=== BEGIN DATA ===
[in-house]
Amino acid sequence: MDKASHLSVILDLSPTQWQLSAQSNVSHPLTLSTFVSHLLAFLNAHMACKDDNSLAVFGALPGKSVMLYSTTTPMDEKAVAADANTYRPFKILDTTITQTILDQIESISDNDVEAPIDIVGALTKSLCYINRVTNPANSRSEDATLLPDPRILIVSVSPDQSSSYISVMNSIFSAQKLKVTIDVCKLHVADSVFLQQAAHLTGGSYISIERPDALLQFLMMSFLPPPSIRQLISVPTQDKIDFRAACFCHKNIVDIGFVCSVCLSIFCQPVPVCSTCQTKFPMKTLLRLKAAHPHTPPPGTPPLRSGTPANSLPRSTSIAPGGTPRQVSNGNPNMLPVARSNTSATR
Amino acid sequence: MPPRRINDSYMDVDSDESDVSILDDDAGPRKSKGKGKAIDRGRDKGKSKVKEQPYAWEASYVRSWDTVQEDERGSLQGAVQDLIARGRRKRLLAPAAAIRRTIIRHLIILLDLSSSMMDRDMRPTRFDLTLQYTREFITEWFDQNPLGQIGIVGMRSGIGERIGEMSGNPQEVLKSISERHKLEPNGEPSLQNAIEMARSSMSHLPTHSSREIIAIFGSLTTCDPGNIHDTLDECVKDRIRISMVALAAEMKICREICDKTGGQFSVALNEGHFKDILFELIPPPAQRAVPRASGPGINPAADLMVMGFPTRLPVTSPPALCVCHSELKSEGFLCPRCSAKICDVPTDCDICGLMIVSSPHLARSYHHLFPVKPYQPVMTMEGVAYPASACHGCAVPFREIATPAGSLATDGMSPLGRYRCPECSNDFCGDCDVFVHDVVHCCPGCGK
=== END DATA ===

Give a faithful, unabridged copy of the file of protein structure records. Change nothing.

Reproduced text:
[in-house]
Amino acid sequence: MDKASHLSVILDLSPTQWQLSAQSNVSHPLTLSTFVSHLLAFLNAHMACKDDNSLAVFGALPGKSVMLYSTTTPMDEKAVAADANTYRPFKILDTTITQTILDQIESISDNDVEAPIDIVGALTKSLCYINRVTNPANSRSEDATLLPDPRILIVSVSPDQSSSYISVMNSIFSAQKLKVTIDVCKLHVADSVFLQQAAHLTGGSYISIERPDALLQFLMMSFLPPPSIRQLISVPTQDKIDFRAACFCHKNIVDIGFVCSVCLSIFCQPVPVCSTCQTKFPMKTLLRLKAAHPHTPPPGTPPLRSGTPANSLPRSTSIAPGGTPRQVSNGNPNMLPVARSNTSATR
Amino acid sequence: MPPRRINDSYMDVDSDESDVSILDDDAGPRKSKGKGKAIDRGRDKGKSKVKEQPYAWEASYVRSWDTVQEDERGSLQGAVQDLIARGRRKRLLAPAAAIRRTIIRHLIILLDLSSSMMDRDMRPTRFDLTLQYTREFITEWFDQNPLGQIGIVGMRSGIGERIGEMSGNPQEVLKSISERHKLEPNGEPSLQNAIEMARSSMSHLPTHSSREIIAIFGSLTTCDPGNIHDTLDECVKDRIRISMVALAAEMKICREICDKTGGQFSVALNEGHFKDILFELIPPPAQRAVPRASGPGINPAADLMVMGFPTRLPVTSPPALCVCHSELKSEGFLCPRCSAKICDVPTDCDICGLMIVSSPHLARSYHHLFPVKPYQPVMTMEGVAYPASACHGCAVPFREIATPAGSLATDGMSPLGRYRCPECSNDFCGDCDVFVHDVVHCCPGCGK